Lawmakers face tough decisions in grappling with pension crisis

08/28/2017 06:56 PM

FRANKFORT — Members of the Public Pension Oversight Board heard findings and recommendations from a audit performed by the PFM Group on Monday about what can be done to fix the pension crisis, and board members learned that the proposals may be hard to implement.

State Budget Director John Chilton estimated that the state’s ailing pension systems for public workers need an additional $1 billion per year to be fiscally responsible and gave the following options to raise that money: cut spending, increase taxes or adjust benefits.

PFM Managing Director Mike Nadol told board members that the recommendations work only as the framework and that there are no easy answers.

One recommendation was the state switch to a 401(k)-style defined-contribution retirement benefit for future hires in the Kentucky Employees Retirement System, County Employees Retirement System and Judicial Form Retirement System with a mix of employer and employee contributions, including a mandatory employee contribution of 3 percent of their salary and a base employer contribution of 2 percent.

“Then they would have the opportunity for participating employees to contribute up to an additional 6 percent of salary on an optional basis with an employee match of half of that amount for each ratchet of additional contributions that a participating employee makes,” Nadol said.

Nadol also suggested retaining the current cash-balance structure for hazardous plan participants, but also moving the eligibility retirement age for all future police officers and firefighters to 60, with no provisions for retirement at any age based on years of service.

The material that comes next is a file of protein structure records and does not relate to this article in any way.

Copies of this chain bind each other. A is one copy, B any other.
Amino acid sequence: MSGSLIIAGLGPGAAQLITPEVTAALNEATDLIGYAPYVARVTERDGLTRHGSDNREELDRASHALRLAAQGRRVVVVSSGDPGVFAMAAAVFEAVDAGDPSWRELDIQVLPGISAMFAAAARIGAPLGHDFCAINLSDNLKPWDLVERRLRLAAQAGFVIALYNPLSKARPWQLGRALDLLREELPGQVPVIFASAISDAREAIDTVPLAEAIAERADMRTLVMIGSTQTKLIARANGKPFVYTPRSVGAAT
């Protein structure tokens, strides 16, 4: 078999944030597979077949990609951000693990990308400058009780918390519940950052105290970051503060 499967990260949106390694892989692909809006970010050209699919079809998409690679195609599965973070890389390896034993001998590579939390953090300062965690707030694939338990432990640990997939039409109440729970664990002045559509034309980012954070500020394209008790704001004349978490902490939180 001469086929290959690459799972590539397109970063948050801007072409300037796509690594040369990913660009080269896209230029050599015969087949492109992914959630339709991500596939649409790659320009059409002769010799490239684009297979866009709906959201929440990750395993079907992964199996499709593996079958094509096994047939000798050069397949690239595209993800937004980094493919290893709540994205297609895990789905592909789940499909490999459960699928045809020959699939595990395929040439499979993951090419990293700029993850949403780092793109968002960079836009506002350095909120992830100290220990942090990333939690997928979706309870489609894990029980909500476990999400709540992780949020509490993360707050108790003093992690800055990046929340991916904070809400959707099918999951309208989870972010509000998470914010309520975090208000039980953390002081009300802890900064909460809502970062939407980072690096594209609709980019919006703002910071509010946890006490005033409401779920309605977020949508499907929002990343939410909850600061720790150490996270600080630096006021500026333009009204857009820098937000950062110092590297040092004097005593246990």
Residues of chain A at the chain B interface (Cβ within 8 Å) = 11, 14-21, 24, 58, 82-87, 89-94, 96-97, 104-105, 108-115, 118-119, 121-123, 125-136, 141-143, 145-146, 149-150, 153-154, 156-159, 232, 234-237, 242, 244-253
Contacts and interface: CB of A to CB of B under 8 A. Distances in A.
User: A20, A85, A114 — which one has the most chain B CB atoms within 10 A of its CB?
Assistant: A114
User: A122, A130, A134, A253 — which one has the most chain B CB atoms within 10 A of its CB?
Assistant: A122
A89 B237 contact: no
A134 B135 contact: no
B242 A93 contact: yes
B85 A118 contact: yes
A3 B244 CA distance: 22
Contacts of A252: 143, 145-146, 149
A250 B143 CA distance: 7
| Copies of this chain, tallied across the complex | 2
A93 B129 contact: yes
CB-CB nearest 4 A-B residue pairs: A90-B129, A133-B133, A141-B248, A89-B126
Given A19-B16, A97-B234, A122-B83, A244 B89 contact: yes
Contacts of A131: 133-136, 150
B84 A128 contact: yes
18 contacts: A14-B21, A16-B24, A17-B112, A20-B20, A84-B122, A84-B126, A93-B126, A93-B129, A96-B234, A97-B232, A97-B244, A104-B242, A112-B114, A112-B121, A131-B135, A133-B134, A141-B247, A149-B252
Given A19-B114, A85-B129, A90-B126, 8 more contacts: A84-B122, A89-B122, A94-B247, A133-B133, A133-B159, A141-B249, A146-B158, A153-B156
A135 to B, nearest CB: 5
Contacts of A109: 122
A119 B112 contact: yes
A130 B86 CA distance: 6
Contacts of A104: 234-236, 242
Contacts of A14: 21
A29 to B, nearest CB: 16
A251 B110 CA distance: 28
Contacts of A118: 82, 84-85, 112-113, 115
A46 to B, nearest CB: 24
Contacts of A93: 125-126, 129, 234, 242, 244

Another recommendation was to shift future teachers to a combination of Social Security participation and a defined contribution benefit plan. Teachers would be eligible for retirement at age 65, as opposed to the current 27 years of service.

Nadol also proposed a number of recommendations affecting current plan participants, which include an optional buyout for the actuarial value of accrued service.

“That would give those employees that wish to have that flexibility the opportunity to have everything kind of in one bucket and it would get the commonwealth the opportunity to take out some of the actuarial risks with the old structure of the original plans,” Nadel said.

Gov. Matt Bevin issued a statement on the report saying that it “further confirms the need for urgency as we resolve Kentucky’s pension crisis.”

“Change is necessary,” he said. “Time is not our ally—we must act now to get our financial house in order. There is no other viable option.”

Bevin went on to say, “I am convinced we can get this done and am committed to doing so. For those now retired, for those still working and for those yet to come: we will save the public retirement systems.

“We will not kick the can down the road any longer. We were elected to fix this problem and we will. The fiscal abuse of Kentucky’s retirement systems is over.”

House Speaker Jeff Hoover, R-Jamestown, released a statement saying, “The pension crisis affecting Kentucky is so dire it affects every single facet of funding of state government, from educating our children to protecting our citizens, to providing services for our most needy.”

Hoover added that “for several weeks, we have been involved in intense weekly meetings, each meeting lasting four to five hours, regarding this issue. This is a complex, multi-faceted problem. We, as a state, simply cannot financially sustain the current system. Changes need to be made, but what those changes are, or how we address them, right now we are not sure.